PRESS RELEASE: Official Statement by Sergei Pugachev’s Press Office

November 20, 2015 – In response to recent publications in the Russian media reporting that the Russian law enforcement agencies have involved Interpol in their quest to establish Sergei Pugachev’s whereabouts, the Press Office states the following:

Sergei Pugachev, a citizen of the Republic of France, has been living in France with his family since the beginning of the 90s, and since 2010 Mr. Pugachev is living in France on permanent basis.

Mr. Pugachev renounced his Russian citizenship in 2012 in connection with the expropriation of his assets in Russia. At the end of 2014 the Interpol Russian Bureau placed Mr. Pugachev’s name on its wanted list. In 2015 Mr. Pugachev’s name was removed from the list following the appeal filed by Mr. Pugachev’s French lawyers to the Interpol Central Bureau. Today Mr. Pugachev’s movements around the world are not restricted.

Sergei Pugachev and his lawyers believe that the allegations by the Russian authorities targeting Mr. Pugachev are politically motivated and judicially groundless. The legal team is awaiting action proceedings at the International Arbitration Court in the Hague in regards to Mr. Pugachev’s $12 billion compensation claim against the Russian Federation.

Sergei Pugachev is being represented by one of the world’s biggest American law firms, King & Spalding LLP. At the moment legal procedural steps are being taken to obtain interim measures in the form of seizures of the Russian Federation’s property in various jurisdictions.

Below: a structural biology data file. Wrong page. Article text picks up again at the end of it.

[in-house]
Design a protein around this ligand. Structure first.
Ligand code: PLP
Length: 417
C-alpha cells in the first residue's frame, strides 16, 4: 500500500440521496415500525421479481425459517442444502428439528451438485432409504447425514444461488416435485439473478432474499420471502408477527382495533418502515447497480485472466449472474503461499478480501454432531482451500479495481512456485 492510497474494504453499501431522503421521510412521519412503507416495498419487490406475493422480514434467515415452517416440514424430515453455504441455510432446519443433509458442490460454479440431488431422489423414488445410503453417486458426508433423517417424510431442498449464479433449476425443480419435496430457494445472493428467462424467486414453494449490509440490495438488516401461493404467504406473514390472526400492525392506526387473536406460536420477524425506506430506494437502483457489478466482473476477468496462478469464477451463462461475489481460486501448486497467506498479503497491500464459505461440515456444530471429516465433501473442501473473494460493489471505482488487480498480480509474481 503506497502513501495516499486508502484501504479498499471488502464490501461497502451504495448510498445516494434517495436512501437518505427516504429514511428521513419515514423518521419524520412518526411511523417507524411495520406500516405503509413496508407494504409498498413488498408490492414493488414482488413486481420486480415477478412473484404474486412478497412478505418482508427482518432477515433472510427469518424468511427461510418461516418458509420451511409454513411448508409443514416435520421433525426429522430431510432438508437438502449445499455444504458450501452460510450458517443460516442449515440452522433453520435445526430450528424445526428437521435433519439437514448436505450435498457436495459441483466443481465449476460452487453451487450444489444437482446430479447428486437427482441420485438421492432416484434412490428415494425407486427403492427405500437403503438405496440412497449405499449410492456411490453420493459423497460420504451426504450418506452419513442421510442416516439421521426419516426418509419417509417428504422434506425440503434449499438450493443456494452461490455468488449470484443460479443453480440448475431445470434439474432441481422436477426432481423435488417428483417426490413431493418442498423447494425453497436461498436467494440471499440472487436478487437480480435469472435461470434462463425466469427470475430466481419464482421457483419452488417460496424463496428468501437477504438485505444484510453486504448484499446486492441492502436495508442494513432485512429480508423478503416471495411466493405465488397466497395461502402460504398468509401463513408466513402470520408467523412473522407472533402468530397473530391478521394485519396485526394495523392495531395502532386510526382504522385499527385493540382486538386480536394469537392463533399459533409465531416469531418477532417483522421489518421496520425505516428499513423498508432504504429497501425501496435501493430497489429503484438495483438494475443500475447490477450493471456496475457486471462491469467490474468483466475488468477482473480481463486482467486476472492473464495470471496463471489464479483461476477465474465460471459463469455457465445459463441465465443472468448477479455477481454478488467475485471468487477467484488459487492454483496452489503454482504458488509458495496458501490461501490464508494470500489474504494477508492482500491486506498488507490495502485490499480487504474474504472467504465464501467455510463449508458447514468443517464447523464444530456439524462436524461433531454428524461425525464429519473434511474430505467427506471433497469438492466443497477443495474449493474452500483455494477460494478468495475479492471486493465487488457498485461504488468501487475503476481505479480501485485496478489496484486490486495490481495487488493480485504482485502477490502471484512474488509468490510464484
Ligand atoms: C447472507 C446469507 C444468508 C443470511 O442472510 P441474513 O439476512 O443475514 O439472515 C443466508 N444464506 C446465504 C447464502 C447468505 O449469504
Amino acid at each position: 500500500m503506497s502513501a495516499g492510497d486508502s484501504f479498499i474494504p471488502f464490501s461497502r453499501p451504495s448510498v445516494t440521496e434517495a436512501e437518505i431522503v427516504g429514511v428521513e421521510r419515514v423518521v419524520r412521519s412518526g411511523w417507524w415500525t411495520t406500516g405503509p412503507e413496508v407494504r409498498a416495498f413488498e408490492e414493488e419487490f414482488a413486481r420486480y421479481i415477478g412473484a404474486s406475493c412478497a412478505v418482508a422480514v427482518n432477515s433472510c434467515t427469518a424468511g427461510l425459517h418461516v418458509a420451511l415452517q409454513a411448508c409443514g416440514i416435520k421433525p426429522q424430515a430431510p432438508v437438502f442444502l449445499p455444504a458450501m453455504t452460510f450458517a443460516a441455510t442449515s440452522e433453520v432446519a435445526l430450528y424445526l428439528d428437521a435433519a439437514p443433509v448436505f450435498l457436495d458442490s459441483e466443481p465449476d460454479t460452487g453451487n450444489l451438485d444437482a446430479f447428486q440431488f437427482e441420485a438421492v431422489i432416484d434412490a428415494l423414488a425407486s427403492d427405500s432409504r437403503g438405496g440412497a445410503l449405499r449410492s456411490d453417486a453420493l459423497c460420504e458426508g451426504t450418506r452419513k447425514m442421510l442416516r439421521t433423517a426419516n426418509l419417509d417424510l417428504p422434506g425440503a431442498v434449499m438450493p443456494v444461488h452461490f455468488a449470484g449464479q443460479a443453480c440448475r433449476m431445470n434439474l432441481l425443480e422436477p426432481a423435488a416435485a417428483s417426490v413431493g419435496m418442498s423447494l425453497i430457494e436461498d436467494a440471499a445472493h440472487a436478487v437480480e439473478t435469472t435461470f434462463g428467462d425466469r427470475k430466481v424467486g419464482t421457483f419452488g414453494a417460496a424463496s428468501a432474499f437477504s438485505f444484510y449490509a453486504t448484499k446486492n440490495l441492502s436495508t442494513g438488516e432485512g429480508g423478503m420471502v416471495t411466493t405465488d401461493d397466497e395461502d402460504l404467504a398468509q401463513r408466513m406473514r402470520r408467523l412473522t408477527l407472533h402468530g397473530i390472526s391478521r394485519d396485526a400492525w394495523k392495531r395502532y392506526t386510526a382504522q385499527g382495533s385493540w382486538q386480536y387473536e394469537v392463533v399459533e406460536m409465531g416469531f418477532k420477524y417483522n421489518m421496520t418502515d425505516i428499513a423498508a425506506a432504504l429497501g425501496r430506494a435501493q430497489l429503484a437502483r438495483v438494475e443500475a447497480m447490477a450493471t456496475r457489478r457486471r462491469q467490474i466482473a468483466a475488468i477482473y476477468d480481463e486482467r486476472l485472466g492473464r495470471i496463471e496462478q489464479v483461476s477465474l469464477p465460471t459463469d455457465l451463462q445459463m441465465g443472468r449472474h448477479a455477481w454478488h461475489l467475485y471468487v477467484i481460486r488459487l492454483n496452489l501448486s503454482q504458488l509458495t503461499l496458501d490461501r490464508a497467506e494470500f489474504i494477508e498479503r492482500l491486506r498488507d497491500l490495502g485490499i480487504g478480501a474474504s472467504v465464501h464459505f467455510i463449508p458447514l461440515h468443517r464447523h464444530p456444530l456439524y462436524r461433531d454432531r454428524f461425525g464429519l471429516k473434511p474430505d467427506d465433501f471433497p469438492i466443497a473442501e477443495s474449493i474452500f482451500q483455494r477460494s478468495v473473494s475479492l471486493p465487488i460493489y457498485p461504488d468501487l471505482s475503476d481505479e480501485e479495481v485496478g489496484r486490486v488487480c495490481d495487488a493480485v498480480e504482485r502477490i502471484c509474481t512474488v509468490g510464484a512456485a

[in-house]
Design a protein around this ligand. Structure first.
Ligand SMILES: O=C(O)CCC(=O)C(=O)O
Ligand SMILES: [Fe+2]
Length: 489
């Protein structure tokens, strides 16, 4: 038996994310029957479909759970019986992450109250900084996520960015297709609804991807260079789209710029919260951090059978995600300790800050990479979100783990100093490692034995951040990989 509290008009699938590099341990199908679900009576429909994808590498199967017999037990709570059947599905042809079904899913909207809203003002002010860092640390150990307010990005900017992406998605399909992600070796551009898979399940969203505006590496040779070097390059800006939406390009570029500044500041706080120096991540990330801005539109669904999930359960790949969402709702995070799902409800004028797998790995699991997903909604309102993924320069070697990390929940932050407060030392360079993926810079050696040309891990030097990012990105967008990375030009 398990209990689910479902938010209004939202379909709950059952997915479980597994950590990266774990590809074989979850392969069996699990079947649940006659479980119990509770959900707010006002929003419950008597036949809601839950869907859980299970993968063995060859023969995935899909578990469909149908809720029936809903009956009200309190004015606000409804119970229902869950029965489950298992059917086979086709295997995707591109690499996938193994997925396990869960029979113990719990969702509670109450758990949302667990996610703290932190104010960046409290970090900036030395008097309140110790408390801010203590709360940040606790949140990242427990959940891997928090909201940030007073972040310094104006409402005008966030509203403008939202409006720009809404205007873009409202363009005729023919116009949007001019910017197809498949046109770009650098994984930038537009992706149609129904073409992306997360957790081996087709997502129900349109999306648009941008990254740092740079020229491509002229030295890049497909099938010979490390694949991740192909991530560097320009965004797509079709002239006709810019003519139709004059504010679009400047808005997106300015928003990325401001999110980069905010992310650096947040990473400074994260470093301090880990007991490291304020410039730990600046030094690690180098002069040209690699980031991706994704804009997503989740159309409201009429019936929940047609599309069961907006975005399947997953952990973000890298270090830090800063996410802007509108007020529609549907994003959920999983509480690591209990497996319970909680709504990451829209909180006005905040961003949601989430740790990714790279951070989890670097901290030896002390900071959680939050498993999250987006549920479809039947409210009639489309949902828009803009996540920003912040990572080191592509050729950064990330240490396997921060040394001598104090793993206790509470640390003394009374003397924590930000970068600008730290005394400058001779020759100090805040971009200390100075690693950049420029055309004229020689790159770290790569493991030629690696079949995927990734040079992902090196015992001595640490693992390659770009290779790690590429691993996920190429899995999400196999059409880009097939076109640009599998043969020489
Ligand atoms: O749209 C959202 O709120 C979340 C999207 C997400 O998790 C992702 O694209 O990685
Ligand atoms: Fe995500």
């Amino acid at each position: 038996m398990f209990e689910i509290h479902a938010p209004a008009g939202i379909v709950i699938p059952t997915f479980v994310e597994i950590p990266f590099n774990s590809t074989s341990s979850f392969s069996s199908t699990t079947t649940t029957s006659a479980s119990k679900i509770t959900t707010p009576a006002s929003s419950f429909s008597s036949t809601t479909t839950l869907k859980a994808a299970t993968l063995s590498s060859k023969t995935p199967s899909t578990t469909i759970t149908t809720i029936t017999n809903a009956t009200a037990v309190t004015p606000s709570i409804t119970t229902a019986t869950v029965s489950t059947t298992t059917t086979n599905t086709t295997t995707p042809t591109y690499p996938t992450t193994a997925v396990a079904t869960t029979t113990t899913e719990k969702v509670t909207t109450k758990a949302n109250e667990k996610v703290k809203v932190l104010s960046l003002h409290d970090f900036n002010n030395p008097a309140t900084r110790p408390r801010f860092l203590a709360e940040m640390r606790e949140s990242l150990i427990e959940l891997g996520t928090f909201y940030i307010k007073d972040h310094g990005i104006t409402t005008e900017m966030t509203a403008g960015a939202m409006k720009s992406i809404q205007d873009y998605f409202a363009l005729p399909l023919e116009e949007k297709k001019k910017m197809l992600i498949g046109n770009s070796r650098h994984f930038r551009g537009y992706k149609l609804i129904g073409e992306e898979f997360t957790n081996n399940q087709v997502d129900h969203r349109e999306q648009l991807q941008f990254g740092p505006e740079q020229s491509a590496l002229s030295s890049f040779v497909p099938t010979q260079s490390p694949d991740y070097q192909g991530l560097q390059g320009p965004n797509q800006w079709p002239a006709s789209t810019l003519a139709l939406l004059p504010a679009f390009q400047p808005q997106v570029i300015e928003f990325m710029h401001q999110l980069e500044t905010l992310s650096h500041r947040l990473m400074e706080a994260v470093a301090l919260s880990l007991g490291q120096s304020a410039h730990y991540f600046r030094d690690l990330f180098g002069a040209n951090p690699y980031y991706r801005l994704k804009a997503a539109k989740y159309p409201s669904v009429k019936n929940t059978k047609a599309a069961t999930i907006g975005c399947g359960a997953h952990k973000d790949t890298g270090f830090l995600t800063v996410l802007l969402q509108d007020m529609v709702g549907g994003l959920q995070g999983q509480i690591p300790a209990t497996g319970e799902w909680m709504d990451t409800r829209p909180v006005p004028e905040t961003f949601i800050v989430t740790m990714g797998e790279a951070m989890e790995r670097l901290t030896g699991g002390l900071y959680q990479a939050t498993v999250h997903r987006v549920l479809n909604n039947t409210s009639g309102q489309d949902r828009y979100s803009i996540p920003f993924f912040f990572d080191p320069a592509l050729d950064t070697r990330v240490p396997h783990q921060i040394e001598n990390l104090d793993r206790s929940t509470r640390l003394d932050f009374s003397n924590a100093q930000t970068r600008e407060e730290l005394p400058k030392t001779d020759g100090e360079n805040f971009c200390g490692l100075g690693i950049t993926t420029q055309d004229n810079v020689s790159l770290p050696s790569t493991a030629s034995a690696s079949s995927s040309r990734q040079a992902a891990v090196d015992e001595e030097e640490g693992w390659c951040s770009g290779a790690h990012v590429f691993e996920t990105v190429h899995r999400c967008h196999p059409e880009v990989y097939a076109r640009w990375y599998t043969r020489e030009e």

Sergei Pugachev’s Press Office

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Sergei Pugachev on Putin’s control of the Russian media in the latest biographical read on Russia’s President

‘The New Tsar’ by Steven Lee Myers

A recently published book entitled “The New Tsar: The Rise and Reign of Vladimir Putin” written by a journalist Steven Lee Myers, has been this week’s The New York Times’ Editors Choice, and is widely referred to as the “most informative and extensive so far in English”.

The author, quoting Sergei Pugachev from an interview conducted in 2014, wrote the following in regards to the 2001 seizure of the television channel NTV by the Russian State:

“…After 11 day occupation by the channel’s journalists, they gave up and new management took over. Many at home and abroad registered protest, to no avail…Putin from the start understood the importance of television to the Kremlin’s authority – of it’s ability to shape not only his image, but the reality of Russia itself…[Putin] considered the state networks a ‘natural resource’ as precious as oil or gas. “He understands that the basis of power in Russia is not the army, not the police, it’s the television.””

Read the book’s review by the NYT